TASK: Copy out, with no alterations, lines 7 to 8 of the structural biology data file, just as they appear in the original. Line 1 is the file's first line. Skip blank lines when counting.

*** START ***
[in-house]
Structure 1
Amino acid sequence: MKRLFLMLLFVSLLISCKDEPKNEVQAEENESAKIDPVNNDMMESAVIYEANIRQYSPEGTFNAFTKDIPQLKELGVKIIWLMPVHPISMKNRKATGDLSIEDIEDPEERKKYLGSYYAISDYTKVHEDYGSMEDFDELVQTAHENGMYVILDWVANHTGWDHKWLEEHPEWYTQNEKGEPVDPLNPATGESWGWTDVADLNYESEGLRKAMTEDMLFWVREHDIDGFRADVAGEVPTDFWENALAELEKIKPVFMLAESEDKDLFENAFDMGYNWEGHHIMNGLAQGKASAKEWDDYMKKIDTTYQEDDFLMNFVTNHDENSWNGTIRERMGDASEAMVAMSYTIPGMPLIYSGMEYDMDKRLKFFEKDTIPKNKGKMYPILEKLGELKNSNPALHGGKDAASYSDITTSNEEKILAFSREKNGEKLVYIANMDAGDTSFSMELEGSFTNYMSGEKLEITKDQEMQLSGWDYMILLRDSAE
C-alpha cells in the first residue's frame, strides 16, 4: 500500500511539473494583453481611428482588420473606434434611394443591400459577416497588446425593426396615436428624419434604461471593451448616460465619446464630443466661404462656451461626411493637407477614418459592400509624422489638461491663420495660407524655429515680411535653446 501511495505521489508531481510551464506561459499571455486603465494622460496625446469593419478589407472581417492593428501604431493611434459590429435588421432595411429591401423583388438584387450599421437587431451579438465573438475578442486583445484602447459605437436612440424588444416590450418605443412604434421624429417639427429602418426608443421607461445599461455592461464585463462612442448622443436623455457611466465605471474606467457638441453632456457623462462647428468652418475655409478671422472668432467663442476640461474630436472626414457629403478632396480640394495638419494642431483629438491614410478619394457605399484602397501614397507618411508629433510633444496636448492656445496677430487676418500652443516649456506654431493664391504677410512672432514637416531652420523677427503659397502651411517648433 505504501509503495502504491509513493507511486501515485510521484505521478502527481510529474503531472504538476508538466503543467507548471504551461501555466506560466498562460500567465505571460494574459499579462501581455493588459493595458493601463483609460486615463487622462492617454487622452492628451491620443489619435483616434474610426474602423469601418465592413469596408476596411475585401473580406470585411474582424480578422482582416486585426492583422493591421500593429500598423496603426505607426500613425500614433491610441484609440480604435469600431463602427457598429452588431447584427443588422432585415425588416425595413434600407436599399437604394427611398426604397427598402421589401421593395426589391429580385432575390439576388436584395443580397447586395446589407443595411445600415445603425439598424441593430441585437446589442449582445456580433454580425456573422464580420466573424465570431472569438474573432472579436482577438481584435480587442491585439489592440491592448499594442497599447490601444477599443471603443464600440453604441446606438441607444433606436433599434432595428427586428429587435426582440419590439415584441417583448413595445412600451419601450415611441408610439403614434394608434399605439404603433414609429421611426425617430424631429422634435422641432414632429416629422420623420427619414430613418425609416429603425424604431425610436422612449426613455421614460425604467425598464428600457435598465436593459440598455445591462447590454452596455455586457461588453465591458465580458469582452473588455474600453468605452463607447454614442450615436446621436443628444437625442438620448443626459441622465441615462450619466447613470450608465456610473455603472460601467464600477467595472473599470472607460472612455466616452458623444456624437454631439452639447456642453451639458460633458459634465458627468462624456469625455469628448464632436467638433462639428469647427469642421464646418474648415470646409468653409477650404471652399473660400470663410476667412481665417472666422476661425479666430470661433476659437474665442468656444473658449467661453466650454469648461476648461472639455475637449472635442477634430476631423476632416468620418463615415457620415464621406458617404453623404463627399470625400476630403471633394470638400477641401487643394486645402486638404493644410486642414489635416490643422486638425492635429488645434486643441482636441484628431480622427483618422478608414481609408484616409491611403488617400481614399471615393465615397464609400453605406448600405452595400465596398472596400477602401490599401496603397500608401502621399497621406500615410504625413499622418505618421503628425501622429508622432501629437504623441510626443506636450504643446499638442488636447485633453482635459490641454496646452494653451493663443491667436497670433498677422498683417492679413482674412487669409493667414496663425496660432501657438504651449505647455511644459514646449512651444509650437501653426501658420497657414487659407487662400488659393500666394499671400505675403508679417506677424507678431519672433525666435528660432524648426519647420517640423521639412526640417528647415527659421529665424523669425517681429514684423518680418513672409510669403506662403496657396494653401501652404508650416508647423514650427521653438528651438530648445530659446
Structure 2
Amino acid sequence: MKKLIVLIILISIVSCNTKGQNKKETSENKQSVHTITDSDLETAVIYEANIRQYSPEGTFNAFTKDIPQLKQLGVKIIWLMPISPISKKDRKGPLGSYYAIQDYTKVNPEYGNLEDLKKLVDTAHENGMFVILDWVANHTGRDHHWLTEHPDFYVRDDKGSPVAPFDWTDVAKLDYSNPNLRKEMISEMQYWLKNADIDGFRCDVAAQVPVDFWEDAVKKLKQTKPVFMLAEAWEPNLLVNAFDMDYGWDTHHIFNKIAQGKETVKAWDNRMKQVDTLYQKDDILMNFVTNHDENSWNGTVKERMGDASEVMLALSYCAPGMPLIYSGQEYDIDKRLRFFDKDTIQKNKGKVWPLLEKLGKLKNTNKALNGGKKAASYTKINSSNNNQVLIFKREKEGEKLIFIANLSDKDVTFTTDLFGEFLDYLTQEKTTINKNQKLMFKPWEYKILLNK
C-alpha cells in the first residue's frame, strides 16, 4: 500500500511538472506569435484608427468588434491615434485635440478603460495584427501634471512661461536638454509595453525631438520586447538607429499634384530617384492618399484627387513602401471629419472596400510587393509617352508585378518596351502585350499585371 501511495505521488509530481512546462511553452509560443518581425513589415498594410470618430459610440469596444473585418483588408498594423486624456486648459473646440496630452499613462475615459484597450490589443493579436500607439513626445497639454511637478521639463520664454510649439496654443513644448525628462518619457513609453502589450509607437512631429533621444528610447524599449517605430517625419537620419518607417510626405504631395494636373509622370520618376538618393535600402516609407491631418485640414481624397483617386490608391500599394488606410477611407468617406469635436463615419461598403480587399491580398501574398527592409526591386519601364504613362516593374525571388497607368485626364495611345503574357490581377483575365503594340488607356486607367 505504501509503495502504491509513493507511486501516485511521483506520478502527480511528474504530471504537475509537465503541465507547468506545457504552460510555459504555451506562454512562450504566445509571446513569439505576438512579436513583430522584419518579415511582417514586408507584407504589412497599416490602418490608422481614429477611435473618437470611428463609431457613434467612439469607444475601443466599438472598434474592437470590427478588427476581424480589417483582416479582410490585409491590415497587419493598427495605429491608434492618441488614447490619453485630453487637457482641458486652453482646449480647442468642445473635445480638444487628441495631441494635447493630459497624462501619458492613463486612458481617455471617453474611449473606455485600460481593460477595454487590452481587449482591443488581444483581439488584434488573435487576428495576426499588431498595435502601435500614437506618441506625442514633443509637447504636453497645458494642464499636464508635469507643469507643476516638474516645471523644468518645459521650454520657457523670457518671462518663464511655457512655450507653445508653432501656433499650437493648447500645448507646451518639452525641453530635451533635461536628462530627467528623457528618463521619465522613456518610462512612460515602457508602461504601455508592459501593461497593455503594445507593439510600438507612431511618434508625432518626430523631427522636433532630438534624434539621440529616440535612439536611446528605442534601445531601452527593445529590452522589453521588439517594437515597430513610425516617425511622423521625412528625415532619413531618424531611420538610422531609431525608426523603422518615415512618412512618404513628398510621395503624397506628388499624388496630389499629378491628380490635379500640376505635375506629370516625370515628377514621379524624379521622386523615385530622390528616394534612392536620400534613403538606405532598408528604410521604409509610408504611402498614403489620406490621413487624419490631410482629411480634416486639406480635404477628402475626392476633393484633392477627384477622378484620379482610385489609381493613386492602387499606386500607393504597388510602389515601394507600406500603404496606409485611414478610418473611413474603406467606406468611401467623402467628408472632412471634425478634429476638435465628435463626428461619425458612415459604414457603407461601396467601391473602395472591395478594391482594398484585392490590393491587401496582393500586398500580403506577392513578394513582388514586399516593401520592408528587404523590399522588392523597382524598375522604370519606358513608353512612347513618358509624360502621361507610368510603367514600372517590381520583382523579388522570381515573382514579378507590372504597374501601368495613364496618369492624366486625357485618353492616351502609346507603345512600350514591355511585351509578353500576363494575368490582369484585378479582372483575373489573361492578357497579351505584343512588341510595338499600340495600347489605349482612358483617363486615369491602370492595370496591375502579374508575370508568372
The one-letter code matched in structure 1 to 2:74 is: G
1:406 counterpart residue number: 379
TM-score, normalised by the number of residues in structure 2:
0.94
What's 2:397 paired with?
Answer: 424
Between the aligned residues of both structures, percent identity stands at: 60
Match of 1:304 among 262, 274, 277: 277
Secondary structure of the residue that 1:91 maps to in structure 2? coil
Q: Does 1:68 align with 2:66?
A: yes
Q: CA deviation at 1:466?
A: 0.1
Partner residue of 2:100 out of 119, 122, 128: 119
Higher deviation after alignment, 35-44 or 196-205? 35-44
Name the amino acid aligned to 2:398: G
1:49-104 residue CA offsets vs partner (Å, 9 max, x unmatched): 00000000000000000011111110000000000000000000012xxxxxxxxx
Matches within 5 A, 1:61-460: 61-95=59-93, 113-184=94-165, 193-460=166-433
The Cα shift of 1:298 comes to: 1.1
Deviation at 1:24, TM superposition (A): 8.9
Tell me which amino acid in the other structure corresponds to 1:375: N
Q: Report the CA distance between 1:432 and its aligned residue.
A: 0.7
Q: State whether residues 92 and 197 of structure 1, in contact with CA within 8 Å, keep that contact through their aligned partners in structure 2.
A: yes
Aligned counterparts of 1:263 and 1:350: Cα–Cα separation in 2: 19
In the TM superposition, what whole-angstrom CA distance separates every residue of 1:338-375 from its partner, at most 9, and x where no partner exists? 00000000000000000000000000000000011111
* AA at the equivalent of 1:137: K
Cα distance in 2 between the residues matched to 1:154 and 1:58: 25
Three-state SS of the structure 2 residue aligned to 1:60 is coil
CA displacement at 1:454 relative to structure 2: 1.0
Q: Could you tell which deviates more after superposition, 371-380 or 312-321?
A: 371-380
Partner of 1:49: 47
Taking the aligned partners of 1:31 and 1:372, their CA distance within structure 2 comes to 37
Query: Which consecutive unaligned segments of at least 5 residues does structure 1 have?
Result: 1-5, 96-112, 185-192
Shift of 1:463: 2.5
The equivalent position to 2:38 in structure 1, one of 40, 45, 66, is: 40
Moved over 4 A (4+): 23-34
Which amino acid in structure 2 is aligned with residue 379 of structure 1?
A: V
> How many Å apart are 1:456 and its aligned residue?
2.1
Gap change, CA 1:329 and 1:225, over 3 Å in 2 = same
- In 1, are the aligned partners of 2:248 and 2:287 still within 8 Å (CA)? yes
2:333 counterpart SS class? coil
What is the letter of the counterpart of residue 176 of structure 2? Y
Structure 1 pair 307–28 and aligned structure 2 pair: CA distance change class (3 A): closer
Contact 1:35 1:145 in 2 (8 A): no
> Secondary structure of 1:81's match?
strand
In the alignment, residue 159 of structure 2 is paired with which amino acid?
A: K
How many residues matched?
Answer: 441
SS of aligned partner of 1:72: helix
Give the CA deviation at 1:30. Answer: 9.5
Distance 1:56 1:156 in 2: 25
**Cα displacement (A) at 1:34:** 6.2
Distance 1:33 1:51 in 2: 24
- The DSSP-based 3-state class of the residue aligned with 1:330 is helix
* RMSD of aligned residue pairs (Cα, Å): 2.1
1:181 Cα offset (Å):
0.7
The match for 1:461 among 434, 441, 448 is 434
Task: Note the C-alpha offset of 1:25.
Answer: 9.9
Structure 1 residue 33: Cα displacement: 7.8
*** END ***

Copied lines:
C-alpha cells in the first residue's frame, strides 16, 4: 500500500511538472506569435484608427468588434491615434485635440478603460495584427501634471512661461536638454509595453525631438520586447538607429499634384530617384492618399484627387513602401471629419472596400510587393509617352508585378518596351502585350499585371 501511495505521488509530481512546462511553452509560443518581425513589415498594410470618430459610440469596444473585418483588408498594423486624456486648459473646440496630452499613462475615459484597450490589443493579436500607439513626445497639454511637478521639463520664454510649439496654443513644448525628462518619457513609453502589450509607437512631429533621444528610447524599449517605430517625419537620419518607417510626405504631395494636373509622370520618376538618393535600402516609407491631418485640414481624397483617386490608391500599394488606410477611407468617406469635436463615419461598403480587399491580398501574398527592409526591386519601364504613362516593374525571388497607368485626364495611345503574357490581377483575365503594340488607356486607367 505504501509503495502504491509513493507511486501516485511521483506520478502527480511528474504530471504537475509537465503541465507547468506545457504552460510555459504555451506562454512562450504566445509571446513569439505576438512579436513583430522584419518579415511582417514586408507584407504589412497599416490602418490608422481614429477611435473618437470611428463609431457613434467612439469607444475601443466599438472598434474592437470590427478588427476581424480589417483582416479582410490585409491590415497587419493598427495605429491608434492618441488614447490619453485630453487637457482641458486652453482646449480647442468642445473635445480638444487628441495631441494635447493630459497624462501619458492613463486612458481617455471617453474611449473606455485600460481593460477595454487590452481587449482591443488581444483581439488584434488573435487576428495576426499588431498595435502601435500614437506618441506625442514633443509637447504636453497645458494642464499636464508635469507643469507643476516638474516645471523644468518645459521650454520657457523670457518671462518663464511655457512655450507653445508653432501656433499650437493648447500645448507646451518639452525641453530635451533635461536628462530627467528623457528618463521619465522613456518610462512612460515602457508602461504601455508592459501593461497593455503594445507593439510600438507612431511618434508625432518626430523631427522636433532630438534624434539621440529616440535612439536611446528605442534601445531601452527593445529590452522589453521588439517594437515597430513610425516617425511622423521625412528625415532619413531618424531611420538610422531609431525608426523603422518615415512618412512618404513628398510621395503624397506628388499624388496630389499629378491628380490635379500640376505635375506629370516625370515628377514621379524624379521622386523615385530622390528616394534612392536620400534613403538606405532598408528604410521604409509610408504611402498614403489620406490621413487624419490631410482629411480634416486639406480635404477628402475626392476633393484633392477627384477622378484620379482610385489609381493613386492602387499606386500607393504597388510602389515601394507600406500603404496606409485611414478610418473611413474603406467606406468611401467623402467628408472632412471634425478634429476638435465628435463626428461619425458612415459604414457603407461601396467601391473602395472591395478594391482594398484585392490590393491587401496582393500586398500580403506577392513578394513582388514586399516593401520592408528587404523590399522588392523597382524598375522604370519606358513608353512612347513618358509624360502621361507610368510603367514600372517590381520583382523579388522570381515573382514579378507590372504597374501601368495613364496618369492624366486625357485618353492616351502609346507603345512600350514591355511585351509578353500576363494575368490582369484585378479582372483575373489573361492578357497579351505584343512588341510595338499600340495600347489605349482612358483617363486615369491602370492595370496591375502579374508575370508568372
The one-letter code matched in structure 1 to 2:74 is: G